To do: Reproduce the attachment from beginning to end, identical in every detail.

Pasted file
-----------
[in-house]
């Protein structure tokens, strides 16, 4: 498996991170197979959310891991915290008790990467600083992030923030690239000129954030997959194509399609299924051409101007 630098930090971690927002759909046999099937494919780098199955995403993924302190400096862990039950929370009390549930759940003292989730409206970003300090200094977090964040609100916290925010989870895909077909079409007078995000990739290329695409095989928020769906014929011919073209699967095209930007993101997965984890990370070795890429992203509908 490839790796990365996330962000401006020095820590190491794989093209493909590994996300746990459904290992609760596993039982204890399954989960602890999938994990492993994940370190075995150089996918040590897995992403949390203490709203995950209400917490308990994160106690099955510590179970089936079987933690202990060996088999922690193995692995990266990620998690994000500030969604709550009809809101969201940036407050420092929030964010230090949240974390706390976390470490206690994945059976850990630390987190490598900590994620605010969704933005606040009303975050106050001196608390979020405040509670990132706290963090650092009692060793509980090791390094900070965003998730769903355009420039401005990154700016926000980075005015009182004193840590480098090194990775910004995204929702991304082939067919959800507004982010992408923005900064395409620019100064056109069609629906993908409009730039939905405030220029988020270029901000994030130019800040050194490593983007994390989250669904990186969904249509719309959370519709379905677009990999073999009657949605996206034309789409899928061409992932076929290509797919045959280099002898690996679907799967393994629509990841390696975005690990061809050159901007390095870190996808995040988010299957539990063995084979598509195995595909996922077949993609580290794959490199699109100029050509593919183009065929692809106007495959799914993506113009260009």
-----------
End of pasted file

[in-house]
């Protein structure tokens, strides 16, 4: 498996991170197979959310891991915290008790990467600083992030923030690239000129954030997959194509399609299924051409101007 630098930090971690927002759909046999099937494919780098199955995403993924302190400096862990039950929370009390549930759940003292989730409206970003300090200094977090964040609100916290925010989870895909077909079409007078995000990739290329695409095989928020769906014929011919073209699967095209930007993101997965984890990370070795890429992203509908 490839790796990365996330962000401006020095820590190491794989093209493909590994996300746990459904290992609760596993039982204890399954989960602890999938994990492993994940370190075995150089996918040590897995992403949390203490709203995950209400917490308990994160106690099955510590179970089936079987933690202990060996088999922690193995692995990266990620998690994000500030969604709550009809809101969201940036407050420092929030964010230090949240974390706390976390470490206690994945059976850990630390987190490598900590994620605010969704933005606040009303975050106050001196608390979020405040509670990132706290963090650092009692060793509980090791390094900070965003998730769903355009420039401005990154700016926000980075005015009182004193840590480098090194990775910004995204929702991304082939067919959800507004982010992408923005900064395409620019100064056109069609629906993908409009730039939905405030220029988020270029901000994030130019800040050194490593983007994390989250669904990186969904249509719309959370519709379905677009990999073999009657949605996206034309789409899928061409992932076929290509797919045959280099002898690996679907799967393994629509990841390696975005690990061809050159901007390095870190996808995040988010299957539990063995084979598509195995595909996922077949993609580290794959490199699109100029050509593919183009065929692809106007495959799914993506113009260009």